Wednesday, July 25, 2012

storm season in sask.

It has been a stormy month in southern Saskatchewan.  The weather has been hot and humid so the ingredients exist for severe storms and we've had some doozies.

For some reason, Tuesdays have been particularly stormy and yesterday was no exception.  We had plenty of storm warnings, black skies, lightning, and rain throughout the afternoon.  I had appointments so I missed good photo ops.

Not so for Greg Johnson, the Tornado Hunter.  Check out his pics on his website  Make sure you watch the little video on that page if you've never had the opportunity/misfortune to be close enough to hear what a tornado sounds like up close.  It's pretty amazing.  Fortunately, no one was hurt in these storms although there was some damage to buildings.

The following picture wasn't taken during a storm but as I was driving home during a lovely sunset last Friday so stopped to take this picture with my phone (not as good a photo as I would have taken with my camera, of course).

Sunday, July 22, 2012

plying woes

I chain-plied the first bobbin of superwash merino that I was spinning for the Tour de Fleece and it turned into an adventure.

I blame this:

It was for sale at my chiropractor's clinic and I decided that I could sit on it while spinning to strengthen my core.  I had tried using an exercise ball in the past and while it worked okay when I was treadling with one leg while the other was on the floor for balance, I couldn't use it when double treadling because it kept scooting away from me.  So when I saw this one on its base I figured it might be a solution.

Now a smarter person than myself would have probably known that it would be a good idea to slowly build up time using it; I got on it and proceeded to ply the whole bobbin (116 g to be exact).  It didn't feel too bad when I was doing it but I was sure sore the next day!  Apparently my core muscles have been on vacation in Tahiti for a few years and didn't appreciate being called back to actually do any real work.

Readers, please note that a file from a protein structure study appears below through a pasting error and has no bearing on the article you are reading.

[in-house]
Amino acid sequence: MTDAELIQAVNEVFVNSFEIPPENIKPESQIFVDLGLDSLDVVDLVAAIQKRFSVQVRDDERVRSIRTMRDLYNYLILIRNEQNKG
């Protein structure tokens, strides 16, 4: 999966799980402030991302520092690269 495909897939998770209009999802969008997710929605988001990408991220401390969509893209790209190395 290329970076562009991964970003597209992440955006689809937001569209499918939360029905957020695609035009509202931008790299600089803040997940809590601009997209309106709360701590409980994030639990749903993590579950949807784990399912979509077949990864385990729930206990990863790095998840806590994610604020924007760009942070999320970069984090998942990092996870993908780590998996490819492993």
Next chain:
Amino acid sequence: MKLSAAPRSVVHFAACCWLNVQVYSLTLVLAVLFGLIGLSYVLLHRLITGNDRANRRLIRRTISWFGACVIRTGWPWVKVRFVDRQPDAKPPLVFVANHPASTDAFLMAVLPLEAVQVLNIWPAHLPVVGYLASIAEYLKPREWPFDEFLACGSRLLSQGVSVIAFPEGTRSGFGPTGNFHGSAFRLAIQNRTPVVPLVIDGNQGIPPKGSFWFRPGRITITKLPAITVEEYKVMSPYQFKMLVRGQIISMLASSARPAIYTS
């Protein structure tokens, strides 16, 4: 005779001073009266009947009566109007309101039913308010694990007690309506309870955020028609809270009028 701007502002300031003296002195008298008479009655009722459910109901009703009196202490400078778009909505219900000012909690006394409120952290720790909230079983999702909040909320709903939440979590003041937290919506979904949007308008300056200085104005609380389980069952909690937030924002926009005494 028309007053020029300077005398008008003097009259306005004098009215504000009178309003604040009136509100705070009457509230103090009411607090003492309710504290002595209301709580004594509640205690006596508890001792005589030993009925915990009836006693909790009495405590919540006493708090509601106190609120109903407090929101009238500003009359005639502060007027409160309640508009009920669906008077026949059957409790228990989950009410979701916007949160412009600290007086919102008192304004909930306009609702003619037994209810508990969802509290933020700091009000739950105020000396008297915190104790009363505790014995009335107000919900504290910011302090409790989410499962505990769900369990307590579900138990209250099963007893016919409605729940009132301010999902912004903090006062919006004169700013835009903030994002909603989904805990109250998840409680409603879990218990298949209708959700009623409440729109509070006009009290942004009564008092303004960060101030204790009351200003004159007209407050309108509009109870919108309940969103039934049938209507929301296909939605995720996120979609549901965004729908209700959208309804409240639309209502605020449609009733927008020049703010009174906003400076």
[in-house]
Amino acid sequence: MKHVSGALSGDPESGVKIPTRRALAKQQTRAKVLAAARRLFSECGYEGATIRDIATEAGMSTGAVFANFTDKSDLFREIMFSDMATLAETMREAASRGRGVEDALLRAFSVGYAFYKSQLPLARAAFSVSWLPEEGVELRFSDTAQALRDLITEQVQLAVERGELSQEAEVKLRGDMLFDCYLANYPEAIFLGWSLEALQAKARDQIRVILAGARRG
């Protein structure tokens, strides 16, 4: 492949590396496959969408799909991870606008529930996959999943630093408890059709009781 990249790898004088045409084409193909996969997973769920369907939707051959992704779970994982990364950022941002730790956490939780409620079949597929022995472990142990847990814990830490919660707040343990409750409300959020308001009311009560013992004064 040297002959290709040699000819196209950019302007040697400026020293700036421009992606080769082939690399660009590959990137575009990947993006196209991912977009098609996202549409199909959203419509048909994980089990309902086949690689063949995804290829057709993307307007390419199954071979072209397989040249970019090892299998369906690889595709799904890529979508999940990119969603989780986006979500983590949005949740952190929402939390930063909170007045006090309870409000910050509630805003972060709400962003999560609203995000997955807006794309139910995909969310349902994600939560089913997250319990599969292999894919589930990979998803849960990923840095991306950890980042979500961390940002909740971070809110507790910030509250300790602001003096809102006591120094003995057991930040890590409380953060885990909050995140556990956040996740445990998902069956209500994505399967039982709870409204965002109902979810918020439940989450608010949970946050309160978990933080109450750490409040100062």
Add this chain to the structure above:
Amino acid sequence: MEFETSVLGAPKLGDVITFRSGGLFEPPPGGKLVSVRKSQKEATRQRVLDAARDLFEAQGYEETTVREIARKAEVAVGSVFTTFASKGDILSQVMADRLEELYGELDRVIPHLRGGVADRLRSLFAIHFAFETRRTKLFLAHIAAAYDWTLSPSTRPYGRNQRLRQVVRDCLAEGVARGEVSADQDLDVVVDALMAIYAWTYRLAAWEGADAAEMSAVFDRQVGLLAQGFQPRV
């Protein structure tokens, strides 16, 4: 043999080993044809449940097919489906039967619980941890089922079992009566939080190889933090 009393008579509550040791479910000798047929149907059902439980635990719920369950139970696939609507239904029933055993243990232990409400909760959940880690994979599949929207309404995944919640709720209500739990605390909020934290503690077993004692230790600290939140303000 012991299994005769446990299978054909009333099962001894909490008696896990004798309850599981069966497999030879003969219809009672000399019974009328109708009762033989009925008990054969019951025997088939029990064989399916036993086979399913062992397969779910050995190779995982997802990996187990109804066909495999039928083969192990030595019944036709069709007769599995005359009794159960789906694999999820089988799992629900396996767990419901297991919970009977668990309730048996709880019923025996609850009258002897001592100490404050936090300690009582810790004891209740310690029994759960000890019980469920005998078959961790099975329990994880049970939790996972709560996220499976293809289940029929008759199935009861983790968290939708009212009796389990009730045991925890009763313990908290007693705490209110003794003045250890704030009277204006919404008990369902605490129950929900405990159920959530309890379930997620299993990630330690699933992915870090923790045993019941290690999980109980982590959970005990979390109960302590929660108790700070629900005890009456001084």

Not only that but the yarn was poorly plied.  I guess I was working too hard to balance myself and not paying enough attention to the consistency of my plying which I had been chain-plying to boot.  For the most part, I decided that it looked over-plied so I ran it back through the wheel to remove twist before giving it a bath to set the twist.

Unfortunately the bath removed even more of the twist and it was terribly under-plied in spots by then.  The wise part of me knew it would.  Finishing yarn always removes a considerable amount of twist and I preach to anyone who will listen that your skein needs to look over-plied before finishing if you want it to be balanced afterward.  I don't know why I ignored the wise part of me that day.  Maybe my brain messages were drowned out by my screaming core muscles.

If you look carefully at the white yarn in the middle of the ball you can see that the plies are not even twisted together in places. 
So back to the wheel I went to add more twist.

Here it is again after finishing for the second time.
 It's slightly over-plied now but I can live with it.  There are 148 yds. of it, 10 yds. less than when I first finished it.

While I was taking the first photo of the exercise ball chair I realized that I haven't taken any pics of my lovely cherry Matchless yet.